Construction Of World's First Floating LNG Export Storage Facility Reaches Milestone: Completion Seen In 2015

 @David_Kashi
on November 01 2013 10:55 AM

A project to bring a floating liquefied natural gas (LNG) facility -- the world's first -- to the Caribbean region has reached a milestone, the company building the floating project announced.

Wison Offshore & Marine Ltd., which is building the Caribbean floating LNG export facility, said Thursday it installed three LNG storage tanks into the hull of the first non-propelled barge, which is being built in China.

The LNG barge, when completed, will be towed to the coast of Columbia where it will liquefy natural gas coming from pipelines onshore. The floating facility will serve as an alternative source of fuel for Caribbean costumers. The project is expected to be operational in the first quarter of 2015.

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“Thanks to the efforts of Wison Offshore & Marine's integrated Chinese and Western team, we have successfully completed the installation of these LNG storage tanks on track for another on time delivery,” Dwayne Breaux, executive vice president of Wison Offshore & Marine, said.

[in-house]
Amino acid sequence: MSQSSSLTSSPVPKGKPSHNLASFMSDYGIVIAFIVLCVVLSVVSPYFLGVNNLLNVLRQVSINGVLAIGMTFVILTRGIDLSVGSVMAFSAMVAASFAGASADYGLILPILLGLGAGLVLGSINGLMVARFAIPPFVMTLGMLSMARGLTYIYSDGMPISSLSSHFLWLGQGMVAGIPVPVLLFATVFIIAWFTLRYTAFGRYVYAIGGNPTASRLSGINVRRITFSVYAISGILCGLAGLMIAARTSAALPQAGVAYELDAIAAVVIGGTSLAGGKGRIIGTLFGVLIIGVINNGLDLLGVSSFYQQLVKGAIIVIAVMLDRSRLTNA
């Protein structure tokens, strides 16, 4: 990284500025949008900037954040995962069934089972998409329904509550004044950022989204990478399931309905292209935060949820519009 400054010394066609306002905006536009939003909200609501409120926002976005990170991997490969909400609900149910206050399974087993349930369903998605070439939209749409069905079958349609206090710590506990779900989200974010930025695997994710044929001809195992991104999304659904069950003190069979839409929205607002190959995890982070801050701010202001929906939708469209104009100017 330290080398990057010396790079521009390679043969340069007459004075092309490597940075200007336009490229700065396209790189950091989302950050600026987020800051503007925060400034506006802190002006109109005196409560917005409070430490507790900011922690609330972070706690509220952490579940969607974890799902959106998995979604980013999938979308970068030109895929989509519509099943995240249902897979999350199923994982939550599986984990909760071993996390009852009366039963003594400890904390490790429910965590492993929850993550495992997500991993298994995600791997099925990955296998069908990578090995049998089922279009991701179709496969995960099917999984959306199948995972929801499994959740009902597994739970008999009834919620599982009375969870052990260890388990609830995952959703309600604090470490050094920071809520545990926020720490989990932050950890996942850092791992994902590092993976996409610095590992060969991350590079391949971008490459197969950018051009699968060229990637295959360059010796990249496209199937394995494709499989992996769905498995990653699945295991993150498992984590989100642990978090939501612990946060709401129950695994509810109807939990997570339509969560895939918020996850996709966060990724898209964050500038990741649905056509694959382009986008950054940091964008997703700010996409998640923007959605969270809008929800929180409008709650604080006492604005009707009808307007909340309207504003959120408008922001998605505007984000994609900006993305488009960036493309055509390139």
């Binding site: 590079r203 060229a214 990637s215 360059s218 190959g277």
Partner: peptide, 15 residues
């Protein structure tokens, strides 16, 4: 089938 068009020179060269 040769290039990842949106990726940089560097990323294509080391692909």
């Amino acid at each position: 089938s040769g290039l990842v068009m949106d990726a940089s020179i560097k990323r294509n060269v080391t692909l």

A floating LNG facility is seen as an efficient way to export the energy resource compared with an onshore export facility. The floating LNG facility has the advantage  of easily liquefying, storing and transferring LNG to tankers out at sea, which helps to move LNG quickly out to the market.

A video describes the project in detail below

Today several countries are developing plans to export LNG and the U.S. is looking to do so through onshore facilities.

In the past two years, four onshore LNG export projects have been approved by the Department of Energy. The most recent decision was made in September, when Dominion Resources Inc. (NYSE:D) received approval for the Cove Point terminal on the Maryland shore of Chesapeake Bay.

To date, the DOE has authorized 6.37 billion cubic feet of LNG from the plant to be sold overseas. However, the debate within the U.S. administration on how much natural gas should be exported without raising natural gas prices and reducing supplies in the U.S., has delayed the approval process.

In order to transfer natural gas on tankers, the energy resource needs to be liquefied as its lighter in a liquid form. Natural gas transported through pipeline can only reach certain destinations while LNG can reach the global market.  

 

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